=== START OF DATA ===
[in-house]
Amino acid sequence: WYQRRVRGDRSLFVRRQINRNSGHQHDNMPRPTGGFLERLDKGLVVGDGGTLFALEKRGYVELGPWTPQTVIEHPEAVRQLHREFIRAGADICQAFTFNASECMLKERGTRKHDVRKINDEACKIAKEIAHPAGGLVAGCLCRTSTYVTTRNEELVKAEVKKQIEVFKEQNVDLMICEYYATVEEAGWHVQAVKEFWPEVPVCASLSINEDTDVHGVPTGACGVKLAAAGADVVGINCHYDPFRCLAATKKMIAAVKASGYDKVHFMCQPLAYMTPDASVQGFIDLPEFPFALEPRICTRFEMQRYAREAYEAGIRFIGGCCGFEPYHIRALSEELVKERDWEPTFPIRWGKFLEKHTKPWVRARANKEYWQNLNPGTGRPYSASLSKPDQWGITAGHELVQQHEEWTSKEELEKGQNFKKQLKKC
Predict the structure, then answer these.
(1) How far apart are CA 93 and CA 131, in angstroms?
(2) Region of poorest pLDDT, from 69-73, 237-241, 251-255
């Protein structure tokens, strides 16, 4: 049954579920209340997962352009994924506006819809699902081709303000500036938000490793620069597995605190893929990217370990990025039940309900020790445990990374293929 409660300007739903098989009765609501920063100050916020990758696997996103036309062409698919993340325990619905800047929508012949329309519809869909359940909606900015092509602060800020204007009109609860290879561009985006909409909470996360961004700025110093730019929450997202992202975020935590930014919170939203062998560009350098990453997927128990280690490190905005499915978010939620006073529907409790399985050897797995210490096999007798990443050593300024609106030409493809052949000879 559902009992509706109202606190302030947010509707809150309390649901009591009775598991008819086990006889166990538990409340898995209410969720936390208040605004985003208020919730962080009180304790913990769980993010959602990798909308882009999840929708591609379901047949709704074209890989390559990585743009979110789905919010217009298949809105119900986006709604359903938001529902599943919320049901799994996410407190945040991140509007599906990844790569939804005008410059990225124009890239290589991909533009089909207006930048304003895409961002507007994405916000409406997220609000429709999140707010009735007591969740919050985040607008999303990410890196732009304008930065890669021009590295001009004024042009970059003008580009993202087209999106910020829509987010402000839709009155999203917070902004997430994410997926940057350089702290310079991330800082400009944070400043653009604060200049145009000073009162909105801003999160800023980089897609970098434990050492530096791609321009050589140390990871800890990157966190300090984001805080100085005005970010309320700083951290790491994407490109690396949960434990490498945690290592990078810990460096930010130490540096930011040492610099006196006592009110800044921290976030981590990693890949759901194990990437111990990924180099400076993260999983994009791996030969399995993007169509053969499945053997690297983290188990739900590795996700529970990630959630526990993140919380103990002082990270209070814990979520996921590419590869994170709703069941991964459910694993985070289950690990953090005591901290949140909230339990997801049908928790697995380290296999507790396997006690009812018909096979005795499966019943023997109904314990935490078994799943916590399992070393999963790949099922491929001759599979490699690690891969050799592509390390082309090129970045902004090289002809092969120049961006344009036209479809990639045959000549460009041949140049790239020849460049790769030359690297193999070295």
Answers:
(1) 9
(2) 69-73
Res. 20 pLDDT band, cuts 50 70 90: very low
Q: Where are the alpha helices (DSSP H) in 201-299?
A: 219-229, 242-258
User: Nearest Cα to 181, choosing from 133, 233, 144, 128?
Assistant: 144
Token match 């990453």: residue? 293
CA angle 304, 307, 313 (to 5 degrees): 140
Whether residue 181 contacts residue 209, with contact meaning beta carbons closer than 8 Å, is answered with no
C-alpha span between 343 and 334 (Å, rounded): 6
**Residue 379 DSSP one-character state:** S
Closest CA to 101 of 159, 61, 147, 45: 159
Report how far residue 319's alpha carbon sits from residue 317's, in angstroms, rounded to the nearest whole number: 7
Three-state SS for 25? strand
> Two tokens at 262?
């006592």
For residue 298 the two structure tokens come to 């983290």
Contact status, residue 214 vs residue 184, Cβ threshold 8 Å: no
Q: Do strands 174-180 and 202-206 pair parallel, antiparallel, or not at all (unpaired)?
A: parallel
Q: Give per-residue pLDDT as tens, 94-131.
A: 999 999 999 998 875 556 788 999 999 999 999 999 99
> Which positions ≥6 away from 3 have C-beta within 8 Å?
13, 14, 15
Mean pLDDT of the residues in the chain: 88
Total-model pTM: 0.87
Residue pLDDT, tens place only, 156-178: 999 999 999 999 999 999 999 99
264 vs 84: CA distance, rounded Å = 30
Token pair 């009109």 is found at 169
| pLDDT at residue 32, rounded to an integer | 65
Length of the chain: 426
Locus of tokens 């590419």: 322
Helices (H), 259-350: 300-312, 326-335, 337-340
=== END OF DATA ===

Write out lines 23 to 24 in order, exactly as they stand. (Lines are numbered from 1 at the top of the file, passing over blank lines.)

> Two tokens at 262?
């006592």